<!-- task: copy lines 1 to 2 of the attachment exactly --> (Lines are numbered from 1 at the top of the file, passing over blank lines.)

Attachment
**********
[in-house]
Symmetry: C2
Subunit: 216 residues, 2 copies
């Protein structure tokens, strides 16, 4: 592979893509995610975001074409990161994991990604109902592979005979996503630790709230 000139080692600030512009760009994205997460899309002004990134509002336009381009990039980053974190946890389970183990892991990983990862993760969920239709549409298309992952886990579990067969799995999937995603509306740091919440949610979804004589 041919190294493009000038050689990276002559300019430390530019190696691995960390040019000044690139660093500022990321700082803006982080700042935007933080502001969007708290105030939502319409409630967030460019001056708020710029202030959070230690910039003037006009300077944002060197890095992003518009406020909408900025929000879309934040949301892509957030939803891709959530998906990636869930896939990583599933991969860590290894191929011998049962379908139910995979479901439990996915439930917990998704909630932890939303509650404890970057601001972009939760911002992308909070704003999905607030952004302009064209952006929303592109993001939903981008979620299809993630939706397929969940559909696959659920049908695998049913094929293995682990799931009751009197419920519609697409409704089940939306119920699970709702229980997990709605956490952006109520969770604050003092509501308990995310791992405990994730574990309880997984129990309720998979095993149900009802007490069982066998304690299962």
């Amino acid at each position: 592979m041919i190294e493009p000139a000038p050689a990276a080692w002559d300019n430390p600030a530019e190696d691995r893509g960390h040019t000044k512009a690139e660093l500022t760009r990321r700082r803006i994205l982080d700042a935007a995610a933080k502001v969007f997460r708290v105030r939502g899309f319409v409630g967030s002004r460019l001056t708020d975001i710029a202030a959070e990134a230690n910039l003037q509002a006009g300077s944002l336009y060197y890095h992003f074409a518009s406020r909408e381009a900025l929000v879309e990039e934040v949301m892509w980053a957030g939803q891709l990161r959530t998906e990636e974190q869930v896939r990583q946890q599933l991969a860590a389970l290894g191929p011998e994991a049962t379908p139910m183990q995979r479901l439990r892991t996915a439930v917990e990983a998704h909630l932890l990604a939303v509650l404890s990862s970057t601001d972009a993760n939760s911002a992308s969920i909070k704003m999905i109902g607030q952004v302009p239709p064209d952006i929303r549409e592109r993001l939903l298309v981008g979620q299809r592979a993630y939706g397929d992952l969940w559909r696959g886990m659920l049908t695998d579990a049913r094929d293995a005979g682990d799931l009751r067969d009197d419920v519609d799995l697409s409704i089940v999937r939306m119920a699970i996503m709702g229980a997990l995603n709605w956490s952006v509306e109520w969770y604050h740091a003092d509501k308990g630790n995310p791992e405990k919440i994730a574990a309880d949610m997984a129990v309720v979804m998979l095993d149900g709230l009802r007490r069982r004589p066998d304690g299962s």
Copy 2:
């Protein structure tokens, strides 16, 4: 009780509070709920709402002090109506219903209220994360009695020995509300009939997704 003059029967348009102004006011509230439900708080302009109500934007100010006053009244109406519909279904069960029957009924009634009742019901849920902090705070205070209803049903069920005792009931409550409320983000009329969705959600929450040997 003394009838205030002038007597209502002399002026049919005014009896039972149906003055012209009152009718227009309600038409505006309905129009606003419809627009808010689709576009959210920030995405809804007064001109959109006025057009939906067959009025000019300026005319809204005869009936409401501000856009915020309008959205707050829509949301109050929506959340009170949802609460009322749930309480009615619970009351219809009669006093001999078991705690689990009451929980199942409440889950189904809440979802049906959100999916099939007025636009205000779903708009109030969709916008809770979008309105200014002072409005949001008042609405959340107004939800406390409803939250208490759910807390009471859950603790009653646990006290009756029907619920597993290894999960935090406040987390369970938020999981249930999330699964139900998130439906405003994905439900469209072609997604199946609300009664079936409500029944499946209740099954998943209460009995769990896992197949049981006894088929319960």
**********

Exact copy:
[in-house]
Symmetry: C2